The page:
CITP Special Event:Special Event
Advancing Government’s Analytic and Learning Capabilities
Date: Thursday, April 19, 2018
Time: Noon – 2 p.m.
Location: 306 Sherrerd Hall
Open to the Princeton University community.
Lunch will be served.
This talk will not be live-streamed, but the video will be uploaded to CITP’s YouTube channel.
In late 2017, the U.S. House of Representatives unanimously passed the Foundations for Evidence-Based Policymaking Act, a bill that supports the collection of data needed to evaluate and improve government programs, including regulations. This bipartisan legislation follows a long history of federal executive orders, statutes, and guidance, which require agencies to use benefit-cost analysis before adopting economically significant rules and which require agencies to review existing rules to ensure they are having their intended effect. Although there is broad agreement that agencies should analyze the effectiveness of their regulations, there has been comparatively little guidance to agencies on how, exactly, they should do that. This presentation will focus on two recent recommendations of the Administrative Conference of the United States (ACUS), a government agency dedicated to finding ways to improve administrative processes in the federal government. The recommendations aim to help agencies plan for meaningful analysis and retrospective review of their regulations.
Following on the ACUS recommendations aimed at improving regulatory analysis, the session will also feature a separate presentation and discussion of recent work by Cary Coglianese on the potential for federal government agencies to use machine learning to inform their decision-making — and even possibly to automate significant portions of their regulatory and adjudicatory tasks. The kind of data that could be used to carry out the ACUS recommendations featured in the first part of this session could also be integrated into machine-learning frameworks to support ex ante government decisions. But would a shift to a system of “regulation by robot” and “adjudication by algorithm” be consistent with prevailing legal norms? In a nation committed to government “of the people” and “by the people,” any consequential public-sector adoption of automated tools for decision support and decisionmaking will inevitably raise questions about the legal permissibility of reliance on artificial intelligence. This session will suggest that prevailing legal doctrines governing federal agencies should afford these agencies considerable room to rely on algorithms, concluding that the key questions about algorithmic governance will be the kinds of policy questions about good government that should be asked for any new policy, programmatic effort, or management innovation.
Agenda for Enhancing Government’s Analytic and Learning Capabilities
I. Retrospective Review and Learning from Regulatory Experience (Executive Orders, statutes, OMB Guidance, and ACUS Recommendations) (30 minutes)
II. Questions and Answers (30 minutes)
III. Regulating by Robot (30 minutes)
IV. Questions and Answers (30 minutes)
Reeve T. Bull
Reeve T. Bull is the research director of the Administrative Conference of the United States. Reeve has worked on projects related to international regulatory cooperation, the use of science by administrative agencies, presidential review of agency rulemaking, cost-benefit analysis, government contractor ethics, and e-rulemaking, amongst other things. Reeve was the in-house researcher for the Federal Advisory Committee Act and Government in the Sunshine Act projects, and his reports served as the basis for ACUS Recommendations 2011-7 and 2014-2, respectively.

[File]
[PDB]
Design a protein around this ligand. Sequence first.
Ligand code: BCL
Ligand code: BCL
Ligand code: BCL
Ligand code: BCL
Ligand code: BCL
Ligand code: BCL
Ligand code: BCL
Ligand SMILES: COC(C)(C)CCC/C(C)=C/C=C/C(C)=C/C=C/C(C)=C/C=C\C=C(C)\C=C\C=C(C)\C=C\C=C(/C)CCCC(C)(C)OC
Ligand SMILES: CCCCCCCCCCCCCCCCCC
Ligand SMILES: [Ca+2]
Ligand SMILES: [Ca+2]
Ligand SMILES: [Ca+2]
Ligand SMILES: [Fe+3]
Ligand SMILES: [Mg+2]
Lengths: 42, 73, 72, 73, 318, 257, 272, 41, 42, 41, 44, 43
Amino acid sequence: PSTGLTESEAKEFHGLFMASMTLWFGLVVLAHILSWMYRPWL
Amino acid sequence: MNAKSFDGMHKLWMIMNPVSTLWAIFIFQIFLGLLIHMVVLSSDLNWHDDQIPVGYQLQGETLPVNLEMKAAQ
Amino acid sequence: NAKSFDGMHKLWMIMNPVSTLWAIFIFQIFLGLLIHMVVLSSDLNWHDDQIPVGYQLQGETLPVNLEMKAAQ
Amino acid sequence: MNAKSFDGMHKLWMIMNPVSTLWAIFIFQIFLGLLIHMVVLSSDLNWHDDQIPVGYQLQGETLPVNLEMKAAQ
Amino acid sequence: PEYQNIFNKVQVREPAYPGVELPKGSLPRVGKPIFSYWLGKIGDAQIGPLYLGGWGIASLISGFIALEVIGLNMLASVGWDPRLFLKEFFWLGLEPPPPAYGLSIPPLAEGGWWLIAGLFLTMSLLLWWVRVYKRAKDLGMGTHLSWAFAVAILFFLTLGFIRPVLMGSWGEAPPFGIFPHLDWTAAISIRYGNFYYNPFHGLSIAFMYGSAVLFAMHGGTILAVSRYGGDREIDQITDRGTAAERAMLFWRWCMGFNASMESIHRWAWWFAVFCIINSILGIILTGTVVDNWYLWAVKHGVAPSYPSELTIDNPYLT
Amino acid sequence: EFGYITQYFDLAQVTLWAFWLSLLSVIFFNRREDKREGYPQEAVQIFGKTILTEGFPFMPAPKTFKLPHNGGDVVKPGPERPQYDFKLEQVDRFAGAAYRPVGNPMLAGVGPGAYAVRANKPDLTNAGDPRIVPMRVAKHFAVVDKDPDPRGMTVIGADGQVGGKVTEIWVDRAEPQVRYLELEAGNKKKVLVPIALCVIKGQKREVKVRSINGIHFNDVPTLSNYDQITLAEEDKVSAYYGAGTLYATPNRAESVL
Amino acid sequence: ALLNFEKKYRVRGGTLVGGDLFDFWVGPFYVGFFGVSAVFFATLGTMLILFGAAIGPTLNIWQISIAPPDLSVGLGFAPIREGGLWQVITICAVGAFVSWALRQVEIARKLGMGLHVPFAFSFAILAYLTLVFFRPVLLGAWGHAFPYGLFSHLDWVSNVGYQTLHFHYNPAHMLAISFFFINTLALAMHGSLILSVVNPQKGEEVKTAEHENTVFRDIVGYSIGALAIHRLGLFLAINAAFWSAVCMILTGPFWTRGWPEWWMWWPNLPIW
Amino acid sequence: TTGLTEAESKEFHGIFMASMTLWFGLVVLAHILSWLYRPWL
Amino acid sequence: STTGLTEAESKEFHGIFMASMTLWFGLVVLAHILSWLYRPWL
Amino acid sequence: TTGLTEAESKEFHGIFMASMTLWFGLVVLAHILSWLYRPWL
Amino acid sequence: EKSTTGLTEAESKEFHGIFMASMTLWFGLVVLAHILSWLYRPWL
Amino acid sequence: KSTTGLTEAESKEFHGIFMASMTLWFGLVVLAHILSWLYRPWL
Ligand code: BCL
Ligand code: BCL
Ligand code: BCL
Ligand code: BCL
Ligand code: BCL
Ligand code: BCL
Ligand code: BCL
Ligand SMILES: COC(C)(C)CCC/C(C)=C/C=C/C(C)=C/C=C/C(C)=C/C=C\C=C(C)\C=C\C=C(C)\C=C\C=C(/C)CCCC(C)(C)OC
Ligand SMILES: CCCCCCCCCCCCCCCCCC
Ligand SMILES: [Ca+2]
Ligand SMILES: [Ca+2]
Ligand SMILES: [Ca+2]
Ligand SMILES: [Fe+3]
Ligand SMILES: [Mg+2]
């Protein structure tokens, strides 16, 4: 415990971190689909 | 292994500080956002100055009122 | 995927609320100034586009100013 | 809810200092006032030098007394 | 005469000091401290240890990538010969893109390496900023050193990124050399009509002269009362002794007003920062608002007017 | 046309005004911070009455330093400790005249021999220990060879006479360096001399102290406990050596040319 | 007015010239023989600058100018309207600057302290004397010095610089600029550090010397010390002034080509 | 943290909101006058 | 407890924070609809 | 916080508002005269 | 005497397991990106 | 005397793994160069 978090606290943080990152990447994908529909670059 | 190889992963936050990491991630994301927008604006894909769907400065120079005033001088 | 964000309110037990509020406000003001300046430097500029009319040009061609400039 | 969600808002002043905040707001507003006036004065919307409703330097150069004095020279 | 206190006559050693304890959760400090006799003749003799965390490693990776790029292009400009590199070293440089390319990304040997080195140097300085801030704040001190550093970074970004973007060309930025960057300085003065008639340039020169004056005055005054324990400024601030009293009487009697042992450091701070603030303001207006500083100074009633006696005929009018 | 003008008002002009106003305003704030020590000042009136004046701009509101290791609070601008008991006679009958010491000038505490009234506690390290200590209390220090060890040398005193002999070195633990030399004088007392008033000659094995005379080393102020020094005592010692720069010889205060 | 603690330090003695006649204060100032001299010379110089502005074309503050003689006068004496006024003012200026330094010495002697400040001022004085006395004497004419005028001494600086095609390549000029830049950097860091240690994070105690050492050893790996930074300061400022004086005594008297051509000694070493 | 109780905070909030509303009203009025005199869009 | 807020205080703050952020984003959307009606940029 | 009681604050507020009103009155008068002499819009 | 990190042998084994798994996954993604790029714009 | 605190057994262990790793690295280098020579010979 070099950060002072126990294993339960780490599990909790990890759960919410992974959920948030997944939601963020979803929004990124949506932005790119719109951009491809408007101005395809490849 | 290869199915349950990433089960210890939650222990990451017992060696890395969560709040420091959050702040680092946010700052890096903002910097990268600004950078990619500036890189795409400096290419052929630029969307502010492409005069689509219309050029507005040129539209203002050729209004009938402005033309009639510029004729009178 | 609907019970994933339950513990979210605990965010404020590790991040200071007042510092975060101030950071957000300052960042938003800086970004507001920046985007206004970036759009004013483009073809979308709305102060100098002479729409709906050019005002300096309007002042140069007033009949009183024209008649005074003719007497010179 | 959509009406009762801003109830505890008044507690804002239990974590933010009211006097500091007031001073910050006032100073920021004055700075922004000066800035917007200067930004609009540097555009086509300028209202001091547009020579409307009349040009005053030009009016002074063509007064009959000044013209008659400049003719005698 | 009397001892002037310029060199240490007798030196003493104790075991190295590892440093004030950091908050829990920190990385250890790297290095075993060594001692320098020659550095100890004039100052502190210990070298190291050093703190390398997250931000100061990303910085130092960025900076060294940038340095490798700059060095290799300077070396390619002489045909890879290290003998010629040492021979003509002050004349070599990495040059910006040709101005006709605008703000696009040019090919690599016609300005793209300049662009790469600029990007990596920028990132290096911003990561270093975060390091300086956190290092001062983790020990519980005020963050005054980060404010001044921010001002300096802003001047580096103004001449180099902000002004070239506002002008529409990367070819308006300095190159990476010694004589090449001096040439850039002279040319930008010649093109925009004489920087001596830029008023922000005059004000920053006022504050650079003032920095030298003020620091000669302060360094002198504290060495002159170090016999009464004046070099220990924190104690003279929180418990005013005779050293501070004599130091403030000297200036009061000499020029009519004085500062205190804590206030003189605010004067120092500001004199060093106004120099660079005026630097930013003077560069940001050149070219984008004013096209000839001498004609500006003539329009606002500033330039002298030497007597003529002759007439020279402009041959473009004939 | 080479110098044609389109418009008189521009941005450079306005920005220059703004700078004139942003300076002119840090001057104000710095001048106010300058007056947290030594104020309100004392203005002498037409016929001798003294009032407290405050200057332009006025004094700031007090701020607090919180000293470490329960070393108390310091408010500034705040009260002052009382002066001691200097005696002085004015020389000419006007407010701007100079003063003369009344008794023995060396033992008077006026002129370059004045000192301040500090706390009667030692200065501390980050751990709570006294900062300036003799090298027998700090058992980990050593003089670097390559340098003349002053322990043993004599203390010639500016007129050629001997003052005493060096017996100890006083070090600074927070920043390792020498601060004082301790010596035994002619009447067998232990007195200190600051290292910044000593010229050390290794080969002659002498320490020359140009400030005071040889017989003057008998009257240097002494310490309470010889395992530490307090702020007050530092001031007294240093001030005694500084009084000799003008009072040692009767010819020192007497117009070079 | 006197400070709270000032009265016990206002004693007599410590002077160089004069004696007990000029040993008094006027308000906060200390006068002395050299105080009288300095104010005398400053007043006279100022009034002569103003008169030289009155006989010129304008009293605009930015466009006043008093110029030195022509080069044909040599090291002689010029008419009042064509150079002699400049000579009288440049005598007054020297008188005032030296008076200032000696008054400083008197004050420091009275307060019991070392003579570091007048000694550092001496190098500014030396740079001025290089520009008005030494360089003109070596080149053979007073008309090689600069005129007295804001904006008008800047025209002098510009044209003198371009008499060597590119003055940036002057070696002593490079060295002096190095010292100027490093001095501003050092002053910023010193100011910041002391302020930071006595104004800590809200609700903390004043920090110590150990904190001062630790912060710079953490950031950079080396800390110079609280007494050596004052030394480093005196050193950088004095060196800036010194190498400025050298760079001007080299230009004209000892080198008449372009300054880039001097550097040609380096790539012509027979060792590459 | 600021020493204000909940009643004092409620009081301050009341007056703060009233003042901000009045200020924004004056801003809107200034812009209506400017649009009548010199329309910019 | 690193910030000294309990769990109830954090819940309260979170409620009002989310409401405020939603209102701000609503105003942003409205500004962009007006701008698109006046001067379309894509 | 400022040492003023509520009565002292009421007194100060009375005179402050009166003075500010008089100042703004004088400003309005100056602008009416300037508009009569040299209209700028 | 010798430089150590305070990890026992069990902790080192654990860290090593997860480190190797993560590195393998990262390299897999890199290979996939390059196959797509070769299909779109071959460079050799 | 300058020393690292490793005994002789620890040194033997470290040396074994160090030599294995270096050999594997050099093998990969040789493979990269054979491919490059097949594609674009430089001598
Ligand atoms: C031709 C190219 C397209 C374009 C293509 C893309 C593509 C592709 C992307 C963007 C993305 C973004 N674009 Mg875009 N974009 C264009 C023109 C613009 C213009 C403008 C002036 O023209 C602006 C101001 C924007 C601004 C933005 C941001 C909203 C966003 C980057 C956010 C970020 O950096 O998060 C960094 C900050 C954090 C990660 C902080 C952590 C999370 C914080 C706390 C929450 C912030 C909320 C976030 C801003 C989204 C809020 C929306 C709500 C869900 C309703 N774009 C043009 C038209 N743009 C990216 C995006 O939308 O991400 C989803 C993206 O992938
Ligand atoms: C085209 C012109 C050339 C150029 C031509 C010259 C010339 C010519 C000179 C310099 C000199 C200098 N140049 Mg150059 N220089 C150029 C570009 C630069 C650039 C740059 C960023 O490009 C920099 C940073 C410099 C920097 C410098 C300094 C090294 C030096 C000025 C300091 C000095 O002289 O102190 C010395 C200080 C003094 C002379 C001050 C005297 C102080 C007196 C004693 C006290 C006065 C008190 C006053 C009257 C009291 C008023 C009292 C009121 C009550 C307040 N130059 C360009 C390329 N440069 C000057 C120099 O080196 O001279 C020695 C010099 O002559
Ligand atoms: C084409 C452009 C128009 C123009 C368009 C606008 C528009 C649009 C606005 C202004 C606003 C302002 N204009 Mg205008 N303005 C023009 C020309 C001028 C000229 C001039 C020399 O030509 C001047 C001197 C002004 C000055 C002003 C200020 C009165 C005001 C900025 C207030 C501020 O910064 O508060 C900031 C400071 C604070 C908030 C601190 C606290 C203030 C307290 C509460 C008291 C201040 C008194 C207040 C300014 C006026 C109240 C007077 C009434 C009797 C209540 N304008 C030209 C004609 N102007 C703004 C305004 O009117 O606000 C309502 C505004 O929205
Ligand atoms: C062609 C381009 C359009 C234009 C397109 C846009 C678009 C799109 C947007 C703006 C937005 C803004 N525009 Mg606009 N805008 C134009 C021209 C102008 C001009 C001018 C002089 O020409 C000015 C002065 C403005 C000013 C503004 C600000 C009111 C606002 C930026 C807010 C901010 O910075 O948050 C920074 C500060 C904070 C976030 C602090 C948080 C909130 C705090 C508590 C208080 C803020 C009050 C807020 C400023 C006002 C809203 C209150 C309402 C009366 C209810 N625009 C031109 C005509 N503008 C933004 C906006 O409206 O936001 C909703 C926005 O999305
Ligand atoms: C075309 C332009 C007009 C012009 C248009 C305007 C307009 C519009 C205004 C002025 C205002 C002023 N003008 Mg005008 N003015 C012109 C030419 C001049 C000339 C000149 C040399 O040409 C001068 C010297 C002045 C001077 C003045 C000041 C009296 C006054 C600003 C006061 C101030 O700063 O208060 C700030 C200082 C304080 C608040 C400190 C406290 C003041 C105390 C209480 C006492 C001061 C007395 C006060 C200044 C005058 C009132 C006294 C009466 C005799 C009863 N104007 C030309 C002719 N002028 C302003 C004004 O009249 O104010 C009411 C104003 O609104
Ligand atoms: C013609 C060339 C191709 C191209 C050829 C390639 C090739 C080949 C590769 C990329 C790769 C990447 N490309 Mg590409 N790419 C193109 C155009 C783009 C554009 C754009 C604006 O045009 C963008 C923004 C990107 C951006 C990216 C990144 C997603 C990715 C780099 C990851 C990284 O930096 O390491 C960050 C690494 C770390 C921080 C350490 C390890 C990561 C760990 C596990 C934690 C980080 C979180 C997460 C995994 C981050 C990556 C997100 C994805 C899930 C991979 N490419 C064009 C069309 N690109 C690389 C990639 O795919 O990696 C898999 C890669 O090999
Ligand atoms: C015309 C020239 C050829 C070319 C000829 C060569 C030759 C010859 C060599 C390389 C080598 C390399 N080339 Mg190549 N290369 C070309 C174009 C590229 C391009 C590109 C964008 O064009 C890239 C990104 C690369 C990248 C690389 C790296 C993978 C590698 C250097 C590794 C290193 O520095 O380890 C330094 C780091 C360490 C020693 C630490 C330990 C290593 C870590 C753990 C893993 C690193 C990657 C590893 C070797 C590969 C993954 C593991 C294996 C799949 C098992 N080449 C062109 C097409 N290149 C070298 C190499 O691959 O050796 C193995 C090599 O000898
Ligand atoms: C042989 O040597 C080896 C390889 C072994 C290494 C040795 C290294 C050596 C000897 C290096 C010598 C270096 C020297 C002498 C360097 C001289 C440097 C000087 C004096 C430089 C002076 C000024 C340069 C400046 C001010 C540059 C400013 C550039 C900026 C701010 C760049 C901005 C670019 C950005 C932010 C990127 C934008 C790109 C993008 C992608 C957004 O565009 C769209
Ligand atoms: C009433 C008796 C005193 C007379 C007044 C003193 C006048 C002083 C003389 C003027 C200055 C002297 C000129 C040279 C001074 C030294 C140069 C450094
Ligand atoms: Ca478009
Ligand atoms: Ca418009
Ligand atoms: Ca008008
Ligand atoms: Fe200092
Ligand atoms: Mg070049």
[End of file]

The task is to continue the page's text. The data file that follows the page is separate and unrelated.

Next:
More here: https://www.acus.gov/contacts/reeve-t-bull
Cary Coglianese is the Edward B. Shils Professor of Law and Professor of Political Science at the University of Pennsylvania, where he currently serves as the director of the Penn Program on Regulation and has served as the law school’s deputy dean for academic affairs. He specializes in the study of regulation and regulatory processes, with an emphasis on the empirical evaluation of alternative regulatory strategies and the role of public participation, negotiation, and business-government relations in policy making. His most recent books include: Achieving Regulatory Excellence; Does Regulation Kill Jobs?; Regulatory Breakdown: The Crisis of Confidence in U.S. Regulation; Import Safety: Regulatory Governance in the Global Economy; and Regulation and Regulatory Processes.
More here: https://www.law.upenn.edu/cf/faculty/ccoglian/
Todd Rubin is an attorney advisor at ACUS. Before joining ACUS, Todd was a lawyer at the U.S. Department of Education, where he worked in the Office of the General Counsel on the department’s regulatory agenda. Todd advised various policy officials and lawyers in the department on all aspects of the rulemaking process. Additionally, Todd advised the Acting General Counsel on matters pertaining to oversight requests from congressional committees, the U.S. Government Accountability Office, and the Office of the Inspector General. Before coming to the department, Todd worked at the Bazelon Center for Mental Health Law where, among other responsibilities, he analyzed notices of proposed rulemaking pertaining to housing, education, and employment.
To request accommodations for a disability, please contact Jean Butcher, , 609-258-9658 at least one week prior to the event.